March 2015 Meeting - Large Scale ERP Deployments
Using the Microsoft Project Portfolio Management Solution
By John Haggerty
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The keynote presentation for March’s monthly program was “Large
Scale ERP Deployments Using Microsoft Project Portfolio Management Solution”
presented by Alexander Rodov, PMP, MCTS, CSM, Managing Partner of Trusted
IT Group and a distinguished Microsoft Most Valuable Professional. The presentation
focused on Microsoft Project Server and how it extends the capabilities
of Microsoft Project to further define complex scopes, analyze resource
workloads, align corporate strategic drivers to project portfolio, increase
stakeholder visibility, and make data-driven decisions.
Alex began with a basic overview of Project Server and noted some
key features. The project center feature supports reports across an organization
at the project level by assigning Enterprise Custom Fields at the task,
project, and resource level to customize the Project Server data. This benefit
allows the managers to further examine the project details. Another key
feature is the resource center which analyzes resource workloads by project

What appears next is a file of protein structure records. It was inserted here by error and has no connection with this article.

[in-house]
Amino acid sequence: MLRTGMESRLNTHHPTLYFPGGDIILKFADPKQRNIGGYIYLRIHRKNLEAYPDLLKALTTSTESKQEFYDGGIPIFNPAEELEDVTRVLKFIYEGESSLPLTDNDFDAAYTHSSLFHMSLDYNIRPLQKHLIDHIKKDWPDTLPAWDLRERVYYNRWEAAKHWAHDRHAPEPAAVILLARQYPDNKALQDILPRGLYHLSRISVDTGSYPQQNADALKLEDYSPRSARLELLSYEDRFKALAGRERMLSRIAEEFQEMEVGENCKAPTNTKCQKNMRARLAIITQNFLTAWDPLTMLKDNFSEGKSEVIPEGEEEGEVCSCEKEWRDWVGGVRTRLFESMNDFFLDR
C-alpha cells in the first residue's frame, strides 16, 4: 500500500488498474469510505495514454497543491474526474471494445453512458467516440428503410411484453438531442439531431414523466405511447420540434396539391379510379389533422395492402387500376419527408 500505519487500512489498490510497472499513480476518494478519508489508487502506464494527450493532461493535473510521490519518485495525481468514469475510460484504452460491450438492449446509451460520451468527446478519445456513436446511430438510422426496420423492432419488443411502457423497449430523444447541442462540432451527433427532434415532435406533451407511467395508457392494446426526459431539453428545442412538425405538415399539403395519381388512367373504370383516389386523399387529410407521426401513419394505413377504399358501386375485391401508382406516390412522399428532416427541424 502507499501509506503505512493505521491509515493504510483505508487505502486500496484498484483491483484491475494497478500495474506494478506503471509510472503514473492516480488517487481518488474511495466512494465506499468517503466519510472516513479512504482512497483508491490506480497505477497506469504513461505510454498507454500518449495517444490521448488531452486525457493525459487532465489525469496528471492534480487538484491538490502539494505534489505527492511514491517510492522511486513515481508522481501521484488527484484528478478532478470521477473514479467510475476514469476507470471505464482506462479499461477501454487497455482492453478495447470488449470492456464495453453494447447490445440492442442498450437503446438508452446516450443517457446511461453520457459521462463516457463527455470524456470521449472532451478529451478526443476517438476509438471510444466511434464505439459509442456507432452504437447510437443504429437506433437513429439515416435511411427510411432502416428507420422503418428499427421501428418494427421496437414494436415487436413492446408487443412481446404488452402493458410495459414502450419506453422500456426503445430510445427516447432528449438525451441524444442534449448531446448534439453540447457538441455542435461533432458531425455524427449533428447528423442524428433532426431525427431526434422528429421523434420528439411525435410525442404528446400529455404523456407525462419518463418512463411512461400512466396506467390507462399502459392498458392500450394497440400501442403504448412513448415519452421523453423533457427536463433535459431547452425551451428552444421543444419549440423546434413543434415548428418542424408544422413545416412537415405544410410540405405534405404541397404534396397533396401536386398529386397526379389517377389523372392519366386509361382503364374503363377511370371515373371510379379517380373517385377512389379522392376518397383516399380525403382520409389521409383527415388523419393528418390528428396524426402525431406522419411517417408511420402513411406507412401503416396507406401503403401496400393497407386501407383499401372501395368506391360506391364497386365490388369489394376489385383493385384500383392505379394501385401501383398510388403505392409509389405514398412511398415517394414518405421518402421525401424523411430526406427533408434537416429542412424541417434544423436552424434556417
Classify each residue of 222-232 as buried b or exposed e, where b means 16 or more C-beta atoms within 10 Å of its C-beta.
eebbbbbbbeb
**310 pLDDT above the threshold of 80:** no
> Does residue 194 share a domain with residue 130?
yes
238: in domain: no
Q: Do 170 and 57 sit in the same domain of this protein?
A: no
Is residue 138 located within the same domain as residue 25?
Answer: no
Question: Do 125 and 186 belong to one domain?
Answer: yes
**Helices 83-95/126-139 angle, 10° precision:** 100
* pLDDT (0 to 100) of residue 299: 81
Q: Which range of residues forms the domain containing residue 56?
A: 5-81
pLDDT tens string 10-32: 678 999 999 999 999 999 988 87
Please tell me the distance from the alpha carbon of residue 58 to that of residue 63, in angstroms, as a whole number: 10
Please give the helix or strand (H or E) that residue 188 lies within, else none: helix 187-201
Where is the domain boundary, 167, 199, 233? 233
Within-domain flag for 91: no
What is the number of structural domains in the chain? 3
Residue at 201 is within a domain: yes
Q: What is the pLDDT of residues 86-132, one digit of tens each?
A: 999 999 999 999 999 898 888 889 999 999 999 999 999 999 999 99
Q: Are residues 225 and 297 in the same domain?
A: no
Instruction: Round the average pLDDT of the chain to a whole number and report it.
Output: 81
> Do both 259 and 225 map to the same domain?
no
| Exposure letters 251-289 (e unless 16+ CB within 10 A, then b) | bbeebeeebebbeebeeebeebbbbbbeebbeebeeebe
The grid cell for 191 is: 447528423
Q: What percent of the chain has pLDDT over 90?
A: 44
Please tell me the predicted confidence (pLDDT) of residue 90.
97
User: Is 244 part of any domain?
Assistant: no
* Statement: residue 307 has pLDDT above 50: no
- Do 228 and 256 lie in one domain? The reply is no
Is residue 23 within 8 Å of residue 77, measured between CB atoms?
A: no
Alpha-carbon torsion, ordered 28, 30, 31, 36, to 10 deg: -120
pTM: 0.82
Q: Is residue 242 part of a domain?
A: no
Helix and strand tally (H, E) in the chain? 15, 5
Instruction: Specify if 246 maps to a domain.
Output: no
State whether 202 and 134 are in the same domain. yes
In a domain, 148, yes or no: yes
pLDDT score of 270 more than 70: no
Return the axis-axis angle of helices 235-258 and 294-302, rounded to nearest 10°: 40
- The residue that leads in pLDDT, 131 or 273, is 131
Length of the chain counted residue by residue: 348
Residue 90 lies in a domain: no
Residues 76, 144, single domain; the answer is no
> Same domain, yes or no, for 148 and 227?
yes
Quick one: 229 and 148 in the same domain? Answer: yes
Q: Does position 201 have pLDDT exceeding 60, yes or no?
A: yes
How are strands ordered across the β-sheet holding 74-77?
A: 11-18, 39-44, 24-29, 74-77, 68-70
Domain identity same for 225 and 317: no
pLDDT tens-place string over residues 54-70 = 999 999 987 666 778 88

and resource. This allows organizations to calculate future resource requirements
and better manage multiple workstreams. These combined features allow
for portfolio optimization by aligning each project directly to a corporate
driver and strategic objective.
Project Server also stores custom calendars, views, tables, filters, and
fields and updates users to real-time data and allows teams to efficiently
work together from virtually anywhere, especially work from home. Prior
to the presentation, a Project Manager working primarily in Germany described
the challenge of working within Germany’s work hour restriction of maximum
10 hour/day and 50 hour/week, especially when his business trips are only
four days long and travel time can exceed 60% of the trip. After the presentation,
he noted this feature of Project Server would definitely reduce that challenge.
This feature also has the potential to improve productivity of work from
home employees with more visibility for management.
Alex concluded the presentation with how project server integrates
everything together with the “Ultimate Matrix Approach.” The principle of
this approach is to deconstruct a large, complex objective down to multiple